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Covid-19\Microstories. "Talents and skills, the best alternatives for the future of Africa". By Gabriel Dinda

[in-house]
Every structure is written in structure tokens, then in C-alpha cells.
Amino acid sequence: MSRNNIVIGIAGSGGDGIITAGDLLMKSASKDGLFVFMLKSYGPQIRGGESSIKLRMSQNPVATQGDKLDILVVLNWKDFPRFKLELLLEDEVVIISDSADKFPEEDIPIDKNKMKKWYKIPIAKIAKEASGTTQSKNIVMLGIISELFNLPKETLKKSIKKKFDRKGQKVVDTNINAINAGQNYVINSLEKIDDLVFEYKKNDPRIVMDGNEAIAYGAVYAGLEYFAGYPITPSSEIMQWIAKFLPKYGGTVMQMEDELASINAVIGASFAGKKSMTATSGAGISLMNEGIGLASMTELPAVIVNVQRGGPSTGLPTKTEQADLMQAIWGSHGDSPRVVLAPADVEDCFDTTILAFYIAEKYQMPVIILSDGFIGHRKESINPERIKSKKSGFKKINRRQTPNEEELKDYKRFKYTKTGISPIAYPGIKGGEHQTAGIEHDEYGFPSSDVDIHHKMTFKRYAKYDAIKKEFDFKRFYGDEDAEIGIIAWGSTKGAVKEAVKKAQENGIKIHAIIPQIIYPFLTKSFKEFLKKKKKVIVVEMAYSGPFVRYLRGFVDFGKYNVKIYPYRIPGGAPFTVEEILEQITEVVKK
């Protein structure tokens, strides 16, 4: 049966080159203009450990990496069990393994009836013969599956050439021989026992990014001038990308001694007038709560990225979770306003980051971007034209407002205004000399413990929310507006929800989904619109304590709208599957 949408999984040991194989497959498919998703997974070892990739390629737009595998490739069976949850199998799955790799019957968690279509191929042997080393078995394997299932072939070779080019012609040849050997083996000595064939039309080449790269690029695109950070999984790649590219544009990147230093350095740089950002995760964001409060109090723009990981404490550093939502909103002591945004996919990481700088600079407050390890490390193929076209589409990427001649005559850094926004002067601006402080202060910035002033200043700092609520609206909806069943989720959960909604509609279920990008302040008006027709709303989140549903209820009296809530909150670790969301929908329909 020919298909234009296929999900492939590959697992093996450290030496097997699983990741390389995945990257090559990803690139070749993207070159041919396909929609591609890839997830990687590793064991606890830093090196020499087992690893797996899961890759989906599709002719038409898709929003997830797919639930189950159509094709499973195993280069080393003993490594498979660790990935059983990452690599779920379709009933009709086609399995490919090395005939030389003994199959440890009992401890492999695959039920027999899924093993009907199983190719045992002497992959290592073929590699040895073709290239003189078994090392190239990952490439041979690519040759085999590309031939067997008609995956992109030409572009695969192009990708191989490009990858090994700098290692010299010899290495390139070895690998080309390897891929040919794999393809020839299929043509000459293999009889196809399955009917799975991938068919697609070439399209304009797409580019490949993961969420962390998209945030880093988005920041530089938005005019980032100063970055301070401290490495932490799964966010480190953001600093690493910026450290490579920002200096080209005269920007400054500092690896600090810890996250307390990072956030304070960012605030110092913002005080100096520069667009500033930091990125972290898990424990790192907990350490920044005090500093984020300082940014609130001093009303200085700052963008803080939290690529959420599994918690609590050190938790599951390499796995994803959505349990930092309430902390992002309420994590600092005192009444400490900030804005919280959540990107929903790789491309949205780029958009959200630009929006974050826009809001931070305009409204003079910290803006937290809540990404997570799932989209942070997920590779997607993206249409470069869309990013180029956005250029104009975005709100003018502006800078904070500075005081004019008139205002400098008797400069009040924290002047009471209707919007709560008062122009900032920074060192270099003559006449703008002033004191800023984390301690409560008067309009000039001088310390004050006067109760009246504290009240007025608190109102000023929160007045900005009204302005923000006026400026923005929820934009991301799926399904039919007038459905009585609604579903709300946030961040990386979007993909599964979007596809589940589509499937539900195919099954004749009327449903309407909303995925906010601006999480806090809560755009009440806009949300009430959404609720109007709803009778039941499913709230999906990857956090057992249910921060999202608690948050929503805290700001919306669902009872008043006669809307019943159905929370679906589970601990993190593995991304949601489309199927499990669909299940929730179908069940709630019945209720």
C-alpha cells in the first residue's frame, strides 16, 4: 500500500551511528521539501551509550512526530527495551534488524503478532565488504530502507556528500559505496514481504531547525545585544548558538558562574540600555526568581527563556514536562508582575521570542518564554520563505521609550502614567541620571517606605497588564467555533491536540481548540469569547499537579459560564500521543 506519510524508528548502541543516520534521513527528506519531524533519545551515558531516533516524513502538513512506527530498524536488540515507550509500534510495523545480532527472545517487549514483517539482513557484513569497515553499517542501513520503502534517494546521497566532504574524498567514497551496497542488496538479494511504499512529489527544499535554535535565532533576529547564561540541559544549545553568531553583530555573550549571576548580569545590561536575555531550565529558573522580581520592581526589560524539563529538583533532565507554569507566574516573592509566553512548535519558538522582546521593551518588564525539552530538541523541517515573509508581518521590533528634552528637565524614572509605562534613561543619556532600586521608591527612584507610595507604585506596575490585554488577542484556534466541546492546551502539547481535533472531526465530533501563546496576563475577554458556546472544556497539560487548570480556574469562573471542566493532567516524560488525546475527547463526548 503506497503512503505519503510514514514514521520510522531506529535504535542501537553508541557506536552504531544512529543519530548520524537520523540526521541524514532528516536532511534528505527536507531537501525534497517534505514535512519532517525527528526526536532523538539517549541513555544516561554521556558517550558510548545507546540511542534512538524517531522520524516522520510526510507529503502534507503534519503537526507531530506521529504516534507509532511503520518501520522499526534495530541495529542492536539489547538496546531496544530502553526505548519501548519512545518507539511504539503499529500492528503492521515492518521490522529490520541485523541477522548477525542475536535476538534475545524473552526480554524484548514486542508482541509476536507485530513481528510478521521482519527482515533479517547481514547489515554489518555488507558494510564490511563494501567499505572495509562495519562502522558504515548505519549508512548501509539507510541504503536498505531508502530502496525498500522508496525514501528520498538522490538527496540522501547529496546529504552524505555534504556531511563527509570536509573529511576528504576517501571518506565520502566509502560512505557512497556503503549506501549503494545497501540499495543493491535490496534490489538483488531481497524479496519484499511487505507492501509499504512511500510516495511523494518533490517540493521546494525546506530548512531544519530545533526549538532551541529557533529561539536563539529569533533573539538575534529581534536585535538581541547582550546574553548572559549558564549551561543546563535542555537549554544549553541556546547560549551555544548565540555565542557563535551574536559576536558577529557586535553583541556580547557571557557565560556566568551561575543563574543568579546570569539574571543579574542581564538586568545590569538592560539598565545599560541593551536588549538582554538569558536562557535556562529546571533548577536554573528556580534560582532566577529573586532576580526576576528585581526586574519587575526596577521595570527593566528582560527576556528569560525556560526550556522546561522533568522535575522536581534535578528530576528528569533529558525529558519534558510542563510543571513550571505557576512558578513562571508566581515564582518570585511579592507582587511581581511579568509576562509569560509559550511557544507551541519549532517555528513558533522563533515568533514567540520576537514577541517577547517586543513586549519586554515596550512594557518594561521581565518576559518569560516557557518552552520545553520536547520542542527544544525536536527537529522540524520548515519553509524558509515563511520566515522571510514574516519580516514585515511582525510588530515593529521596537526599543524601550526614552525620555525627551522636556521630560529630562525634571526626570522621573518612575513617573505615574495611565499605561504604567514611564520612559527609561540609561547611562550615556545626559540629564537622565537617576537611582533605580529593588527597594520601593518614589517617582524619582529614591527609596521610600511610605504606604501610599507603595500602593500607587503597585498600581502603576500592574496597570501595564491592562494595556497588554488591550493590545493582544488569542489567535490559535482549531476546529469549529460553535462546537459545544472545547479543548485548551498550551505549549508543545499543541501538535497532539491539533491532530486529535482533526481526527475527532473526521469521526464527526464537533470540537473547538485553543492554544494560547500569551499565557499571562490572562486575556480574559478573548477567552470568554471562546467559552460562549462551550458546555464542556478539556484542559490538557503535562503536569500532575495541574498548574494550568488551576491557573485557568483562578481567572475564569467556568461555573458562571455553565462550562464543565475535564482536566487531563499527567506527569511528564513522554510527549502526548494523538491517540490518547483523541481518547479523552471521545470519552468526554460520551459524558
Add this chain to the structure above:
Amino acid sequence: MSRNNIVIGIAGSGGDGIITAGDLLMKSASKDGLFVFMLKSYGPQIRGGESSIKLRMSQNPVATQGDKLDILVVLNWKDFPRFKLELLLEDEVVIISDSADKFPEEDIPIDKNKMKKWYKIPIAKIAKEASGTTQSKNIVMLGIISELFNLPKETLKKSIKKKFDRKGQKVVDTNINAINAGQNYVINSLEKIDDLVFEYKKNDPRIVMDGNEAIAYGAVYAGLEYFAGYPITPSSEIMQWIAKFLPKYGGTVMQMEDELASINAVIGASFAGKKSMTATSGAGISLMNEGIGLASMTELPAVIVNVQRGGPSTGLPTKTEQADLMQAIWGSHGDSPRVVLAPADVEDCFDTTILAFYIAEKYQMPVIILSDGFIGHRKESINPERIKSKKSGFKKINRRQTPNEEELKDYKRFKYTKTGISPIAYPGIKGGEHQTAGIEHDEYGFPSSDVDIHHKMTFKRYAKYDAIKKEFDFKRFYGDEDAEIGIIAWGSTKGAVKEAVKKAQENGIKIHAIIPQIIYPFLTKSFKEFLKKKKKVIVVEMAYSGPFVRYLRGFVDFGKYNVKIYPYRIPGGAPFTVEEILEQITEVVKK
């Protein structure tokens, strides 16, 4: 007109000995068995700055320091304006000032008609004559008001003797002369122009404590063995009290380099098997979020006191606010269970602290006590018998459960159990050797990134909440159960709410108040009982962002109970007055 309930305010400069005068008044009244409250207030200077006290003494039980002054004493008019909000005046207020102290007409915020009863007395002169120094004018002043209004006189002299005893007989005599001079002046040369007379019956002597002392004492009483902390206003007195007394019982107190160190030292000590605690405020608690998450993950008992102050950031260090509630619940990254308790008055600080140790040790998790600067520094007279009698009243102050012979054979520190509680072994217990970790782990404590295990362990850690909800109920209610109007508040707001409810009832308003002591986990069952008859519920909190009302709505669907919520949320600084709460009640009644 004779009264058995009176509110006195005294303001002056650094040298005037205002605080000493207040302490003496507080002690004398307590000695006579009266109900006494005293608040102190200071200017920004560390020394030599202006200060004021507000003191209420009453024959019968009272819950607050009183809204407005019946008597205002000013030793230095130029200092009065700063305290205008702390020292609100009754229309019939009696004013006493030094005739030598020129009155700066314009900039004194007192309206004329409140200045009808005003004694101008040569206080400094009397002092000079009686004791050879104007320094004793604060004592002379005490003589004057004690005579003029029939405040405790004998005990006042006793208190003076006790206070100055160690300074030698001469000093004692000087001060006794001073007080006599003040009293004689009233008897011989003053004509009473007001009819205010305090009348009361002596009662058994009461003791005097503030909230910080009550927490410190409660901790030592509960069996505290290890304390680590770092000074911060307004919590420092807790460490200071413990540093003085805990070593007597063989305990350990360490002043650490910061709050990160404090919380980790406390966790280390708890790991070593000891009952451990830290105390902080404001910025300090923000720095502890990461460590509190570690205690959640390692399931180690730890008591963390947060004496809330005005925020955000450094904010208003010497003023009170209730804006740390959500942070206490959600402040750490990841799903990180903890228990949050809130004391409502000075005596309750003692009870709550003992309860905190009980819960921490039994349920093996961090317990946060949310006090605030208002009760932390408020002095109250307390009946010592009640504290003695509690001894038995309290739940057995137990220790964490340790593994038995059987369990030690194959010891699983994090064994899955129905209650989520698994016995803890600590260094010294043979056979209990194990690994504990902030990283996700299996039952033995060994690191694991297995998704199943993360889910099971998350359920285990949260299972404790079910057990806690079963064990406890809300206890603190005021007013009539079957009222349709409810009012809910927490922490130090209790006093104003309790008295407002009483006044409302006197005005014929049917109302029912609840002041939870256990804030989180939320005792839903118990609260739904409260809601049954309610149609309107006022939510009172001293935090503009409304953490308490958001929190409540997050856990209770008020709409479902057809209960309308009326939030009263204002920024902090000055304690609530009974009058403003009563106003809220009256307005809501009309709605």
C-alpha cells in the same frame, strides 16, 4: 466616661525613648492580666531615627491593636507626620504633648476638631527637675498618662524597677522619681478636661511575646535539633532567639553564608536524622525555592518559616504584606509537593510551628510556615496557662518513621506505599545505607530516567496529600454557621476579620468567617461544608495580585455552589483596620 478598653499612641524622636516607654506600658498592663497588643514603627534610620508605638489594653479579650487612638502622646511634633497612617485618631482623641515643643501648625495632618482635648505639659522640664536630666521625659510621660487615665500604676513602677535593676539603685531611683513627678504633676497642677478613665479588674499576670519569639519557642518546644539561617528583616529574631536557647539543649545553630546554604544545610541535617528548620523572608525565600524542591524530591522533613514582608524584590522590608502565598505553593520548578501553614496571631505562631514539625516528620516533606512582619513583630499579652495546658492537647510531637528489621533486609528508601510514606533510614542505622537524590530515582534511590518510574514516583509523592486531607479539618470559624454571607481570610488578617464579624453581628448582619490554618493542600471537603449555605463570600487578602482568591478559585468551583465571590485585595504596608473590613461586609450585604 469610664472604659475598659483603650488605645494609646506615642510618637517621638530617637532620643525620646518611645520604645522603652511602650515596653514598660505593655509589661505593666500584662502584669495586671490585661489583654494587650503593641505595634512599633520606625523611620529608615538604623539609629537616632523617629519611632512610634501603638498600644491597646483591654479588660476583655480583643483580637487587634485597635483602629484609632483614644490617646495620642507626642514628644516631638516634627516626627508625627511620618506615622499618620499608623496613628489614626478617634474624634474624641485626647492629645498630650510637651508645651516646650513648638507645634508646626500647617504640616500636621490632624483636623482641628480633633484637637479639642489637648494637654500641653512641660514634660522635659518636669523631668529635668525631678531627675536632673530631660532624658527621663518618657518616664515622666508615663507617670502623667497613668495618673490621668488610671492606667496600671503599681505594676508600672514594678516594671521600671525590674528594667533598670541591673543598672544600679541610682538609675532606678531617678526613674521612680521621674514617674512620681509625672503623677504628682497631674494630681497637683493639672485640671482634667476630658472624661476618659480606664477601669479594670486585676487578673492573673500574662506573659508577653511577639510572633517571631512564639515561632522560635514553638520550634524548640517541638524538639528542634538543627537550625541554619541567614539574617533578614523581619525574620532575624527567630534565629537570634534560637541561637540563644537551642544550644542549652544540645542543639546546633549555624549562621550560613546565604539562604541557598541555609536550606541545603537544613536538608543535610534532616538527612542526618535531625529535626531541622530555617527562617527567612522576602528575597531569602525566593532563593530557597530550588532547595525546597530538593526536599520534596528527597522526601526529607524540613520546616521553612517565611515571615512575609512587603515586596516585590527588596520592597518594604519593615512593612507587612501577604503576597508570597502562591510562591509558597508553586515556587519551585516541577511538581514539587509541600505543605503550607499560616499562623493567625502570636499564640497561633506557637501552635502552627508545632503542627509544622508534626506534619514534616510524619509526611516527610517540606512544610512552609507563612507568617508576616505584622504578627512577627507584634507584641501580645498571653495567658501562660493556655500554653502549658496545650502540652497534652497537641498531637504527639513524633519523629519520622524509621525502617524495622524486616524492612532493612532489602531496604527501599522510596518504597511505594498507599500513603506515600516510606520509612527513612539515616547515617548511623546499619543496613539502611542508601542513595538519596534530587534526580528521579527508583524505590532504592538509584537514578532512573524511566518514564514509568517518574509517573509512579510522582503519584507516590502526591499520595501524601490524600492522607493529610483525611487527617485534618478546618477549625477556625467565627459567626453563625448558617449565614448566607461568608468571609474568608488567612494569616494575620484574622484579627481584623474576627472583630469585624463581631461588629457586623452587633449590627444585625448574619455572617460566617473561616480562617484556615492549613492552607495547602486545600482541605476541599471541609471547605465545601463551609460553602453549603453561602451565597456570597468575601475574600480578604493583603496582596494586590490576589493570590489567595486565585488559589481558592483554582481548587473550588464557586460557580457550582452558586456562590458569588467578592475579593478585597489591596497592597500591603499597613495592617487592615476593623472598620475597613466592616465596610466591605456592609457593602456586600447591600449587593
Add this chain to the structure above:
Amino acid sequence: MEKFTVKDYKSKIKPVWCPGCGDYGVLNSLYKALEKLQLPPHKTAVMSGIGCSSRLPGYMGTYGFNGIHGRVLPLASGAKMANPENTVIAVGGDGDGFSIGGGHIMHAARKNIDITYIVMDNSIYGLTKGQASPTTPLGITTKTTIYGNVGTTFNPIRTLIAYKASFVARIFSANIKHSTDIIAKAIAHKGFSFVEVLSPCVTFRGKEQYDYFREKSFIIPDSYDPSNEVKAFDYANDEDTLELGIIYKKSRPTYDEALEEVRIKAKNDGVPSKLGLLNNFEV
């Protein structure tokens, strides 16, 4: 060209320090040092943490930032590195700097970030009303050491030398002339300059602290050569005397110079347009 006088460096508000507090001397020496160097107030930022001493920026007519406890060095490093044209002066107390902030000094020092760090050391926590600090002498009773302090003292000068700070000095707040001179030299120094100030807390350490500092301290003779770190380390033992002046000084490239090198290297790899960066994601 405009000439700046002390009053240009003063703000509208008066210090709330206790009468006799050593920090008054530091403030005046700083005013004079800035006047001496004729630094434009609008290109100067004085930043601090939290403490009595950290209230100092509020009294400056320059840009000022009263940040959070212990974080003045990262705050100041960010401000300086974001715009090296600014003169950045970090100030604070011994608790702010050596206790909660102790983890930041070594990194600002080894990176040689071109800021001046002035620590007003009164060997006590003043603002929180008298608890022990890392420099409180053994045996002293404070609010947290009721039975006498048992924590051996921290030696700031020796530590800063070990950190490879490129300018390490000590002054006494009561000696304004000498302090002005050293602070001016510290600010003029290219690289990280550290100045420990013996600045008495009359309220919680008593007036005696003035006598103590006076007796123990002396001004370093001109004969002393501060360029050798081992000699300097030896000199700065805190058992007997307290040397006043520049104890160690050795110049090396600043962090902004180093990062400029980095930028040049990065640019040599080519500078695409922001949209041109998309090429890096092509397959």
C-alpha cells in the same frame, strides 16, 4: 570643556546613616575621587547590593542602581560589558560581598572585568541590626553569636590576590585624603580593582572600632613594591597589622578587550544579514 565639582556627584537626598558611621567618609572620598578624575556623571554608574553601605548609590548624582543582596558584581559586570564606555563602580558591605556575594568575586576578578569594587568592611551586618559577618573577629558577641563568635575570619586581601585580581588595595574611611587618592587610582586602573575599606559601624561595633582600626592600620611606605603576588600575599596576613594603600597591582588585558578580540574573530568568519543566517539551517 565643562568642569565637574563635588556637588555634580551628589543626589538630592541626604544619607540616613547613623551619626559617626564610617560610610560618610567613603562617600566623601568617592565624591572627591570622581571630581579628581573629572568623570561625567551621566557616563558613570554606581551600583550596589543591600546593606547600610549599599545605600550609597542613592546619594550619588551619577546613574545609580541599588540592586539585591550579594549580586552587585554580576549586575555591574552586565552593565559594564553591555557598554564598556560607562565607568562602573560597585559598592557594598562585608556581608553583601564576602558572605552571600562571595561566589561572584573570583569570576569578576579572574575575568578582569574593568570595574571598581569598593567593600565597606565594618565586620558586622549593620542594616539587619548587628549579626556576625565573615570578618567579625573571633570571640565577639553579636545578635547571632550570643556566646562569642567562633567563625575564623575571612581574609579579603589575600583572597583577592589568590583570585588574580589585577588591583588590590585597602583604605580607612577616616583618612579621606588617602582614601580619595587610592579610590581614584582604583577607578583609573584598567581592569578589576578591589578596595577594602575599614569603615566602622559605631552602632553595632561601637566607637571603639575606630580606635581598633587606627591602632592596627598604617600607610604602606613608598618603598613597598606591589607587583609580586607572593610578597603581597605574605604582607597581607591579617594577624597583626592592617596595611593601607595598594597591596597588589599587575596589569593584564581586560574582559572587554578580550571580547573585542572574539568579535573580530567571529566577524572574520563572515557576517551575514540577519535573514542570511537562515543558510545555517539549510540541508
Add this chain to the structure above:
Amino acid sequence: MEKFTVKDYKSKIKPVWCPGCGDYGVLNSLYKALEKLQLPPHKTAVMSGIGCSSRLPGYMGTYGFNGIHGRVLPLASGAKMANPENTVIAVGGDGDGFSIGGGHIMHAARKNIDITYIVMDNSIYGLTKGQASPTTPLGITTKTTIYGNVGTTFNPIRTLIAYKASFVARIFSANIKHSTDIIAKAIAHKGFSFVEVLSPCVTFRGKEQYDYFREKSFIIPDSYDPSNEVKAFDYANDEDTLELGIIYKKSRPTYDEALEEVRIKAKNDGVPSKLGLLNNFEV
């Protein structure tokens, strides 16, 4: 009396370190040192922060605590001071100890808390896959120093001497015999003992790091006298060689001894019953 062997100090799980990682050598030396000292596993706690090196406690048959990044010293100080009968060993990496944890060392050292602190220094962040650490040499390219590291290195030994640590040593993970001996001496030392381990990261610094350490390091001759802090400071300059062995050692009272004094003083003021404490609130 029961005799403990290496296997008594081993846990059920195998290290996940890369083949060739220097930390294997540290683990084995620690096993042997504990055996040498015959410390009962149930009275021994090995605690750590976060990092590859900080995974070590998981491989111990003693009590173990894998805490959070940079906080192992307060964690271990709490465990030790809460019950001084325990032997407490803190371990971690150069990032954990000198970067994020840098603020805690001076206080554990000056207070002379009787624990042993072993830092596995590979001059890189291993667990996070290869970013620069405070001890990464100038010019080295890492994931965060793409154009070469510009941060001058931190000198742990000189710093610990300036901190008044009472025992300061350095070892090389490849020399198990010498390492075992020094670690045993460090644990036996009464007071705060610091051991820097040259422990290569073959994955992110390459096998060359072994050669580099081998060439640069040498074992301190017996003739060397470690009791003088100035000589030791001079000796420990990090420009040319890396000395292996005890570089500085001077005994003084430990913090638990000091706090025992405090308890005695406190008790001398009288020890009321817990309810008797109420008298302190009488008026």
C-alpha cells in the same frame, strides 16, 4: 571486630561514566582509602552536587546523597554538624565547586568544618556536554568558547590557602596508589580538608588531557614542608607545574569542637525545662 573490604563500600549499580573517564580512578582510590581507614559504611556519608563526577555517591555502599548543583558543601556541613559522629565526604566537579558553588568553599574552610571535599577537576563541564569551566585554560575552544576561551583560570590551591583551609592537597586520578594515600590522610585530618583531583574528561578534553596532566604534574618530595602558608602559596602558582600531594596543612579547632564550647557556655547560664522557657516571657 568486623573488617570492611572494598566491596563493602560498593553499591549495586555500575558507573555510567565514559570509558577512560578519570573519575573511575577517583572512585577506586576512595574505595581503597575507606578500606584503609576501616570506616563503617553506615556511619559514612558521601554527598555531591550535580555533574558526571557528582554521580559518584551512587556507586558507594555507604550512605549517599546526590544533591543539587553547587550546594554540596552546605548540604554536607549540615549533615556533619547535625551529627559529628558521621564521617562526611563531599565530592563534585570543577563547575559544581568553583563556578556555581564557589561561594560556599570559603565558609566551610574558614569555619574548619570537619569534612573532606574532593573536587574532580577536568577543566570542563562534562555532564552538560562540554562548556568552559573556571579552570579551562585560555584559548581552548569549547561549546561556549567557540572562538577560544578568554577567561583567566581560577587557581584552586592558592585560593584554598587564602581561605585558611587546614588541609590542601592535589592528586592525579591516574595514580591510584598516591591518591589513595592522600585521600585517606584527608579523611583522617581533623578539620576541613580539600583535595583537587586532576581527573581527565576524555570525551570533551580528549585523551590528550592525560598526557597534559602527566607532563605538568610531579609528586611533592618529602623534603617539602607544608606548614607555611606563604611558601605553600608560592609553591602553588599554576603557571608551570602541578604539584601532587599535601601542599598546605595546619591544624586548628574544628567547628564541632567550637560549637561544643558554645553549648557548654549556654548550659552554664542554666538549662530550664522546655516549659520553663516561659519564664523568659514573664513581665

29/10/2020 03:08 PM

Harambee

Covid-19\Microstories. "Talents and skills, the best alternatives for the future of Africa". By Gabriel Dinda